3 Ways to Treat Malignant Mesothelioma

Chemotherapy

Chemotherapy may either be used alone to treat malignant mesothelioma or in conjunction with radiotherapy or before surgery to help to shrink the tumor. Chemotherapy is usually administered in one of two ways: systemically either through the veins or orally, or placed directly into the site of the tumor via a catheter (intrapleurally).

There are several drugs used in chemotherapy and some patients may be given a combination of two different chemotherapy drugs which are usually pemetrexed and cisplatin.

Chemotherapy works by killing cells which divide and grow quickly, and although this means the drugs target cancer cells, they also target other healthy cells which also grow quickly such as hair follicles, bone marrow, and the cells lining the mouth and stomach. For this reason, most people will suffer from side effects such as hair loss, nausea, vomiting, fatigue and because it attacks blood cells it will leave people more susceptible to infections and viruses. The side effects of chemotherapy pass once treatment has ended.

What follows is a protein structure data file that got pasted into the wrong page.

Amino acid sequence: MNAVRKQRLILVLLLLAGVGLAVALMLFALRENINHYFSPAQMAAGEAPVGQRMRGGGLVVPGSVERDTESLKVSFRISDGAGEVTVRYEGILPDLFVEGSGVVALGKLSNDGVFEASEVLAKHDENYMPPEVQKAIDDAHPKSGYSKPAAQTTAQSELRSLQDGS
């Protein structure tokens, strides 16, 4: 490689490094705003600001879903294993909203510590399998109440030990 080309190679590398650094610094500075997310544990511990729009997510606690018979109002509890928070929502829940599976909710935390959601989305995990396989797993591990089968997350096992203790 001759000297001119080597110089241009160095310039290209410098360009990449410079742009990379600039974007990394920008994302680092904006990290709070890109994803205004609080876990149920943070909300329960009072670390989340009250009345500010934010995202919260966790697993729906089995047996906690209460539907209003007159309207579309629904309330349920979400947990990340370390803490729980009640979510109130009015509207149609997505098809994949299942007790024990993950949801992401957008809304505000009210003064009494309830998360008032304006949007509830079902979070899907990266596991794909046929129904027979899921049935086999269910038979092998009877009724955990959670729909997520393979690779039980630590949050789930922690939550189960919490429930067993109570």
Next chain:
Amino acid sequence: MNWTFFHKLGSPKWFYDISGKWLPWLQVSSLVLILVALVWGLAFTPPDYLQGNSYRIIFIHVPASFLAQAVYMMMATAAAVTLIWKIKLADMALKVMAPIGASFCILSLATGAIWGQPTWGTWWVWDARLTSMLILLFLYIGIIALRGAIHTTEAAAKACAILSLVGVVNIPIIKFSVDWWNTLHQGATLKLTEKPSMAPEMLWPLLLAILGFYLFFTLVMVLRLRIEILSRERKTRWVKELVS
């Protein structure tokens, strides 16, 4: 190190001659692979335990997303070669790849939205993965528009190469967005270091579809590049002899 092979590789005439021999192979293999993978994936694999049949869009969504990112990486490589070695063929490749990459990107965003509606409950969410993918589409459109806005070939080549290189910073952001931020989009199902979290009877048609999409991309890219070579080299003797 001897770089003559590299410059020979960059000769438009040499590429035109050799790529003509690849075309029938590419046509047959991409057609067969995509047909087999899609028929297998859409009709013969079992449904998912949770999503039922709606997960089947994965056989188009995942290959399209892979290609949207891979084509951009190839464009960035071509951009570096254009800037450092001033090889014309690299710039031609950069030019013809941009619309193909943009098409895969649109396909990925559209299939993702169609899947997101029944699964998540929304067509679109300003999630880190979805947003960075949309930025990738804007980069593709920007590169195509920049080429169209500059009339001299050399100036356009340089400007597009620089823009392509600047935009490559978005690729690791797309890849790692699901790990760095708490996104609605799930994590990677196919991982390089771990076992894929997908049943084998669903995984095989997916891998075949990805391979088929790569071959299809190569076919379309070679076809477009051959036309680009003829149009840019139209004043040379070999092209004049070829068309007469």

Malignant mesothelioma patients will usually have cycles of chemotherapy treatment which can last three to four weeks and then have a recovery period before the next cycle.

Read our four tips for coping and getting support for mesothelioma.

Mesothelioma Research News is strictly a news and information website about the disease. It does not provide medical advice, diagnosis or treatment. This content is not intended to be a substitute for professional medical advice, diagnosis, or treatment. Always seek the advice of your physician or another qualified health provider with any questions you may have regarding a medical condition. Never disregard professional medical advice or delay in seeking it because of something you have read on this website.

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